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Morality Playoffs

Spike Lee critiques the Knicks' narrative arc.

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Maybe it's because there were two auteurs, Woody Allen and Spike Lee, and an all-star screenwriter, William Goldman, at courtside. But with a major assist from overwrought sportswriters, what was supposed to be a short Knicks show turned into a melodramatic saga about "heart" and "character" instead of jump shots.

The moralizations swung with dizzying speed: One day Latrell Sprewell shed his image as a selfish thug and was rewarded with a starting role; then he was once again an erratic, shot-happy jerk; 48 hours later, he was the free-flowing soul of the new-school Knicks. Marcus Camby -- formerly known as the underachieving, flashily tattooed patronizer of prostitutes who replaced noble forward Charles Oakley -- was suddenly a thrillingly youthful seven-foot savior. Patrick Ewing, distant and underappreciated for most of his fourteen seasons with the Knicks, tore an Achilles tendon and was forced to watch from the bench -- thereby attracting the sympathy he could never win when dragging himself up and down the court. Even Lee couldn't film this story and make it believable. "It's perverse," he says. "That's some Greek shit, some Greek mythology there. It would just be Patrick's luck -- the year the Knicks get the ring is the year he gets hurt."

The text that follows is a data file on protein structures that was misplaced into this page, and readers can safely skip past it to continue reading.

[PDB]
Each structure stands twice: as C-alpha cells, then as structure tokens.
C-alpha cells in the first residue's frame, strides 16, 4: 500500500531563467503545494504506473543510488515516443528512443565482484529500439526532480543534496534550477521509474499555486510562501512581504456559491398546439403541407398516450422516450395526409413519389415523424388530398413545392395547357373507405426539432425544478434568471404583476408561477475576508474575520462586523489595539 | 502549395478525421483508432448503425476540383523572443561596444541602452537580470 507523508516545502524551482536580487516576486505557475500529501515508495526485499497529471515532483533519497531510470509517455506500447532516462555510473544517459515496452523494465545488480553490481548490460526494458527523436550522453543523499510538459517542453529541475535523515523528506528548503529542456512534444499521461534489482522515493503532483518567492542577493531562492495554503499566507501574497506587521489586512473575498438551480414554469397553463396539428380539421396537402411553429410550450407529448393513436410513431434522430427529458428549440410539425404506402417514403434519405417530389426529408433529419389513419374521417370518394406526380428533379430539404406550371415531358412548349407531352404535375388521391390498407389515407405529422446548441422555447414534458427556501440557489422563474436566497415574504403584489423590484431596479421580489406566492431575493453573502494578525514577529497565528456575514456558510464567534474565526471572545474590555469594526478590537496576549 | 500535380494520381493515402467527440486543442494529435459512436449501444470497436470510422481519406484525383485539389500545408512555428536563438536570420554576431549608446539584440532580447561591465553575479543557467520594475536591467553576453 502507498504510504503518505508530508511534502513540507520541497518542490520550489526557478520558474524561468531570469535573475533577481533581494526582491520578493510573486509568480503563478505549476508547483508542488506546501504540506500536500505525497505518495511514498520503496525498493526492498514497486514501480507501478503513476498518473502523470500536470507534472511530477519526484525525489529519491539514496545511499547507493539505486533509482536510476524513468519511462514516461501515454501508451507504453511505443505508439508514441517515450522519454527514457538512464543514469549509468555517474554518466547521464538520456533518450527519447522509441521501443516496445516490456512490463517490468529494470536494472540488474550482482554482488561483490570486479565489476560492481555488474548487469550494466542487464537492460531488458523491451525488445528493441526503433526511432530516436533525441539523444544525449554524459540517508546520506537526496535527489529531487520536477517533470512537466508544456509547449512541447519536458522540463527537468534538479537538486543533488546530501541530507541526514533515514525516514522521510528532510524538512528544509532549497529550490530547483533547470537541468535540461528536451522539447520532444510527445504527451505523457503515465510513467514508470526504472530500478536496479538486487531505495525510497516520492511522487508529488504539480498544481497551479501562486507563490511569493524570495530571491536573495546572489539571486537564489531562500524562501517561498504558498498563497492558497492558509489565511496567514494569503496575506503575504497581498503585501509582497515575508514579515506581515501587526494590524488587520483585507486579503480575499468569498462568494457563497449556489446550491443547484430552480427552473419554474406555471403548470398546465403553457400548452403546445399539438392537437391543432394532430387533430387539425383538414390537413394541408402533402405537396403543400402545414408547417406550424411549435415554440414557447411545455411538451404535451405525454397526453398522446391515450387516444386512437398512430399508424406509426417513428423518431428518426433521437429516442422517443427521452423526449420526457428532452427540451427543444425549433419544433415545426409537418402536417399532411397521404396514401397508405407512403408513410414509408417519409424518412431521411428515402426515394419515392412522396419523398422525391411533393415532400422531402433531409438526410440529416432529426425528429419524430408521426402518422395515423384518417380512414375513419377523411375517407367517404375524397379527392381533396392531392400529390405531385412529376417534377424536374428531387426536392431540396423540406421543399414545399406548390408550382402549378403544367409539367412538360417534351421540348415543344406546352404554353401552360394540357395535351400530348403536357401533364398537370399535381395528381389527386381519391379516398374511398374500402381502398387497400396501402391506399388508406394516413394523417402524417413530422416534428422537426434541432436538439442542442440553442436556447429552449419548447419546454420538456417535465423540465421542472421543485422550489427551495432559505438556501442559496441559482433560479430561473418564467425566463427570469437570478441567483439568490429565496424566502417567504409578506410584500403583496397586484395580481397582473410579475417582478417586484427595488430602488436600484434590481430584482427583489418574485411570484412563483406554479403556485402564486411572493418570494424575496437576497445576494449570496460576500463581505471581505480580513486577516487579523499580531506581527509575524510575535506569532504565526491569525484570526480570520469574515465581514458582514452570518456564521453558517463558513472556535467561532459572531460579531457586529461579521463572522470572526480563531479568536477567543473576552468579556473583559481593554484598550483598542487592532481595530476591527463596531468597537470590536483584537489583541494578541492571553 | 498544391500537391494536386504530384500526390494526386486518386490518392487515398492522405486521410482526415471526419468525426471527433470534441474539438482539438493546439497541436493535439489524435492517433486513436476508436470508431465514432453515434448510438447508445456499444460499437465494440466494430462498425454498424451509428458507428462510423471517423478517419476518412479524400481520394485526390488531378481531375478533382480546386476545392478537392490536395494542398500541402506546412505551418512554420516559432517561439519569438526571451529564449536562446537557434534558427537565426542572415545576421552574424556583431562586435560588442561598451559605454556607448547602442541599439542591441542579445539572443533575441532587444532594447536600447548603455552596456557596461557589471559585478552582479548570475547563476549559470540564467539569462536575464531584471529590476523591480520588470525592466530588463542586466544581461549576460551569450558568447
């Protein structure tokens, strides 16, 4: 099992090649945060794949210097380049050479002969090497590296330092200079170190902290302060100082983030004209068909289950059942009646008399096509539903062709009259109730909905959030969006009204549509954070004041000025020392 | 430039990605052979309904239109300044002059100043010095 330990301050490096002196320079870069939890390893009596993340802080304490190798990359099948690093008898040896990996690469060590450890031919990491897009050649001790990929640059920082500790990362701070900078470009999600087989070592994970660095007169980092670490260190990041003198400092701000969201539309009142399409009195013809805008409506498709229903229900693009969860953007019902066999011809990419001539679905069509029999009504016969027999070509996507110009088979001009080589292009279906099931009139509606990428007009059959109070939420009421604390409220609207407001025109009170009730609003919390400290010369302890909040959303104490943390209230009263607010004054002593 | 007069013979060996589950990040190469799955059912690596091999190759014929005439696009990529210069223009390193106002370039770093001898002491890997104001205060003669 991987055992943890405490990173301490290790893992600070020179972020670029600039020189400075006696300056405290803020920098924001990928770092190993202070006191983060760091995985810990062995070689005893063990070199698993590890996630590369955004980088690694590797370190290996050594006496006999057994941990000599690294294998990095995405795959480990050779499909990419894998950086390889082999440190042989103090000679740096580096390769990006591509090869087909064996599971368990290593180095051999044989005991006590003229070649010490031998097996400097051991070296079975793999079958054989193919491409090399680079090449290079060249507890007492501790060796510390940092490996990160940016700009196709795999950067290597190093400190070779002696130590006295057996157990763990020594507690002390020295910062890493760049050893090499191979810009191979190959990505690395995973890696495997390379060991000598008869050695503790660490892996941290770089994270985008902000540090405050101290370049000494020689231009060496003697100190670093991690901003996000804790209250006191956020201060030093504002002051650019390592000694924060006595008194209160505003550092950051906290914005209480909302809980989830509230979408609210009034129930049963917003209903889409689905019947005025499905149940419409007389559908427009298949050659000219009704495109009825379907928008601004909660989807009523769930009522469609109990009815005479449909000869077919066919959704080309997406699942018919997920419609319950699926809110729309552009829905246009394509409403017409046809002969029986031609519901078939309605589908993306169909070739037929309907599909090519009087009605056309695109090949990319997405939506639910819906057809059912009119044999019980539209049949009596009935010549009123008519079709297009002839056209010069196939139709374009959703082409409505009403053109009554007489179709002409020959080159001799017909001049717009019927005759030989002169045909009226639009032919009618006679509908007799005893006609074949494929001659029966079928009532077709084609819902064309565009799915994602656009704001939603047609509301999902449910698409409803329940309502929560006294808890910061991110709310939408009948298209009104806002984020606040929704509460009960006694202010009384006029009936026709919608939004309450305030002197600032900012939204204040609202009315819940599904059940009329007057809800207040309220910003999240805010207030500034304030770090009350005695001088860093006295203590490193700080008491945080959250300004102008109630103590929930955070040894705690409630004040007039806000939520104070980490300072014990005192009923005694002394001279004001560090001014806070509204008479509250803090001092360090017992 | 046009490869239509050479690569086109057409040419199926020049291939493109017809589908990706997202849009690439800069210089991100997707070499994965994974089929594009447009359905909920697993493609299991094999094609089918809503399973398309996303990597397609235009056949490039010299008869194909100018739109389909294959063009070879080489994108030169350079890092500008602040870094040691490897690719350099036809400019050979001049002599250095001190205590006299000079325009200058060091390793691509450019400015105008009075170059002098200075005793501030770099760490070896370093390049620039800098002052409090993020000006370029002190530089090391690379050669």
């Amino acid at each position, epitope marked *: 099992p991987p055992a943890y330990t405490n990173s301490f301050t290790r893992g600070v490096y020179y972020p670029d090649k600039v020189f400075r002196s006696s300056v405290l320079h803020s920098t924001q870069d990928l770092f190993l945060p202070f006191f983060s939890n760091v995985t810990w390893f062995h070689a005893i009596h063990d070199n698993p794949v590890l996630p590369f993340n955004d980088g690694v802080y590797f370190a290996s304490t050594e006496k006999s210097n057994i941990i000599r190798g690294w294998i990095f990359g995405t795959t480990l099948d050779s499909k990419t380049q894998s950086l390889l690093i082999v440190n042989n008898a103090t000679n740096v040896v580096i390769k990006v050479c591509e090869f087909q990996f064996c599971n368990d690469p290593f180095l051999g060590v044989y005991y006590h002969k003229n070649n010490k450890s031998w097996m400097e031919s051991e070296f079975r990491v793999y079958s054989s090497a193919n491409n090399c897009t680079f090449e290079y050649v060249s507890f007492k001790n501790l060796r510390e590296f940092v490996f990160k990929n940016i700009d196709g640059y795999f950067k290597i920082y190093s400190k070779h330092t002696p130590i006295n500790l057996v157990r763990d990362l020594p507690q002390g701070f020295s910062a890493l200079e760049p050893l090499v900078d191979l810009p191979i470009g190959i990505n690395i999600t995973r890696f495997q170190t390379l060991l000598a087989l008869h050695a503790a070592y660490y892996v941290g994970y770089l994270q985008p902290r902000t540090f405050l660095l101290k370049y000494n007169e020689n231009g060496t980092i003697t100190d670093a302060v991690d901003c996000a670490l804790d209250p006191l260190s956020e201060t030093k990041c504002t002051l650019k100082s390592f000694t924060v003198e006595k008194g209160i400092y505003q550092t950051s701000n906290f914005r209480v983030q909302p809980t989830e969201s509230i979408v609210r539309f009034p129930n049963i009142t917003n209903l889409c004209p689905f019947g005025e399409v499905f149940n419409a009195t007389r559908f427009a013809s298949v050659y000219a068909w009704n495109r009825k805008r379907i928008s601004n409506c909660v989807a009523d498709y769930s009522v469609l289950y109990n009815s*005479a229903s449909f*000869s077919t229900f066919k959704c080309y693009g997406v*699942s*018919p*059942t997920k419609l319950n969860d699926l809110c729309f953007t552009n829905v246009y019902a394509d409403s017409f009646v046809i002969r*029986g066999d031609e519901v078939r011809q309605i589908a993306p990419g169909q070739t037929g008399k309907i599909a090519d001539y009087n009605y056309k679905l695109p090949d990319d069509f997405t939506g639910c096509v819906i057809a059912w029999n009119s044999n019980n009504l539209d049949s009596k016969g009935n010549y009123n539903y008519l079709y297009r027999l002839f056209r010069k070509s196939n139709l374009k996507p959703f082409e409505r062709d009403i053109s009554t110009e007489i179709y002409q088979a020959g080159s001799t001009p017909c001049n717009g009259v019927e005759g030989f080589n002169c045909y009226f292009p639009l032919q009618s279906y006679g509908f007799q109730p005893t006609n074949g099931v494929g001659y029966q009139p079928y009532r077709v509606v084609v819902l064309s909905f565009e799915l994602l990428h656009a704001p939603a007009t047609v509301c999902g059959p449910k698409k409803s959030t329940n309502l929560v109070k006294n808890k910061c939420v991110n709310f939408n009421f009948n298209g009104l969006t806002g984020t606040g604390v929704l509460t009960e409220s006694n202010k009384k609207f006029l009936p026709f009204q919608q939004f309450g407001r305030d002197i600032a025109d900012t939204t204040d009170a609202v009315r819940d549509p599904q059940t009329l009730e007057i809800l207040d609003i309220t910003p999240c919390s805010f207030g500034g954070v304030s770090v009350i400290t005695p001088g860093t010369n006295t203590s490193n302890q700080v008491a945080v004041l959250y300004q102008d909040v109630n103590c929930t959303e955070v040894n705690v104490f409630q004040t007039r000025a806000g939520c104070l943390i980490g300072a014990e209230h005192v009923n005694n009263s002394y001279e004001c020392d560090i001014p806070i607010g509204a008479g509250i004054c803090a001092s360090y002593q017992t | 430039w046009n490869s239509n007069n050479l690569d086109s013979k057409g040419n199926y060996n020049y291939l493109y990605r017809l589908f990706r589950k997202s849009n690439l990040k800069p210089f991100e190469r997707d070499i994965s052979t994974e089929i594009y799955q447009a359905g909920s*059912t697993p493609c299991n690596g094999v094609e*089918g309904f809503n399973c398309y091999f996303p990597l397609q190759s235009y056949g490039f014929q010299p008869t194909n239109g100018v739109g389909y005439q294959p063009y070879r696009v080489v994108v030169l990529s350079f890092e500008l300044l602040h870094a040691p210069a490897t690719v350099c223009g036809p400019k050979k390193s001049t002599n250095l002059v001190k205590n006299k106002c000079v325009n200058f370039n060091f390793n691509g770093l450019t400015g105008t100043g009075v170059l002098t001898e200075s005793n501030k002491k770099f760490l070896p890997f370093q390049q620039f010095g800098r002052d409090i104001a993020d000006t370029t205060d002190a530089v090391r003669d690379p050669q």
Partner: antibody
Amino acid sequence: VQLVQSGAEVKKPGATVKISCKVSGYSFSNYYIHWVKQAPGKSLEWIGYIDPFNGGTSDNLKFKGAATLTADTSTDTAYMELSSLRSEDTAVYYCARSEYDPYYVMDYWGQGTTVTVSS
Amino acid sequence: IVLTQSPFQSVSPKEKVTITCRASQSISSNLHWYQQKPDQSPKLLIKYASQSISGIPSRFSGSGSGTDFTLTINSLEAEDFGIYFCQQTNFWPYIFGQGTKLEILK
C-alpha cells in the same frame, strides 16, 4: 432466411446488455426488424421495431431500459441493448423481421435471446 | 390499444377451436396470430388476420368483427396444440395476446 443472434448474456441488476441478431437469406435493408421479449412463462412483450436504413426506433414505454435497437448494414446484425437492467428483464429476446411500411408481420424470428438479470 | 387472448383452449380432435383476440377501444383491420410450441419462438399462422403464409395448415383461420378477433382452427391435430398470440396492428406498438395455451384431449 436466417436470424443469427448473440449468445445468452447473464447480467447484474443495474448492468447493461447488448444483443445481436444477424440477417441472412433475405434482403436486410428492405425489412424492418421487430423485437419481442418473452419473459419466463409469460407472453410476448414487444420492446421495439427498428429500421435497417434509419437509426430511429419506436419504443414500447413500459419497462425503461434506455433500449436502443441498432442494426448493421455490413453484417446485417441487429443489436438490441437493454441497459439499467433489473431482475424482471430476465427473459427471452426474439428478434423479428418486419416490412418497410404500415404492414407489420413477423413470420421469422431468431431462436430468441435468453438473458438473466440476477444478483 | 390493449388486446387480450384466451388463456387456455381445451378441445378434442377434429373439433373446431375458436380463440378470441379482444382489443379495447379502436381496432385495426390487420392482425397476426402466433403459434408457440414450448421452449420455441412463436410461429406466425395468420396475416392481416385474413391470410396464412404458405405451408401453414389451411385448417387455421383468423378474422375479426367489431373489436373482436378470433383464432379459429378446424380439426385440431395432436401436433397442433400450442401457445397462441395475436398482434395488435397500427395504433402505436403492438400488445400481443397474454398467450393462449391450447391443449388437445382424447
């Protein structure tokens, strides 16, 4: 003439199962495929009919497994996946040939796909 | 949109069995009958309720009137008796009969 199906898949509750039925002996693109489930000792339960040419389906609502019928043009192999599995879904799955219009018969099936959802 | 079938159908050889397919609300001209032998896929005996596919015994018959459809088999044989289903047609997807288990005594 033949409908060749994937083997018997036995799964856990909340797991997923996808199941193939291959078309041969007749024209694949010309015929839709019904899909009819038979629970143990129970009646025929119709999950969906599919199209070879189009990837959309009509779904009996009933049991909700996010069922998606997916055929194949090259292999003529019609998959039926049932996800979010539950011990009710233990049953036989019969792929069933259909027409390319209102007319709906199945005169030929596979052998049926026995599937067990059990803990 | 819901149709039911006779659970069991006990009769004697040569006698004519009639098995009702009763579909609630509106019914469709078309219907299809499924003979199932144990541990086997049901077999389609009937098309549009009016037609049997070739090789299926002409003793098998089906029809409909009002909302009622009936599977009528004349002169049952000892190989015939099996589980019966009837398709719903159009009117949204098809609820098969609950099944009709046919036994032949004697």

As for the battles in the sports pages, on WFAN, and in the stands over the significance of Sprewell, Lee traces psychological motives that are older than Euripides. "People feel they have to protect the great game of basketball from the likes of Latrell Sprewell, someone who choked a father figure, a figure of authority," Lee says. "Latrell's done a great job trying not even to listen to that stuff."

The surprising playoff run seems to have earned Sprewell and Camby absolution. But, like some over-budget summer blockbuster that studio executives can't stop focus-grouping, this morality play resists a conclusive ending. Even now, the character and future of Jeff Van Gundy are hotly debated. Is he the hardworking, egoless longtime assistant who has proved his sagacity as a head coach? Or is little Jeff a devious, Machiavellian manipulator who stubbornly refused to acknowledge the brilliance lurking within Camby? Stay tuned for more hairpin reversals, followed by high-handed judgments that will endure only until the next missed free throw.

For now, however, there's one last implausible twist: Lee, the ultimate Knicks fan, could miss the final act. He scheduled a long-overdue family vacation that began Saturday. In Hawaii. "I might miss game one of the finals," he says, sounding like a man who hasn't finished negotiations with his wife. "I'll be there for game two in San Antonio. And three, four, five, if needed. I've got the flights scheduled. This stuff is great drama."


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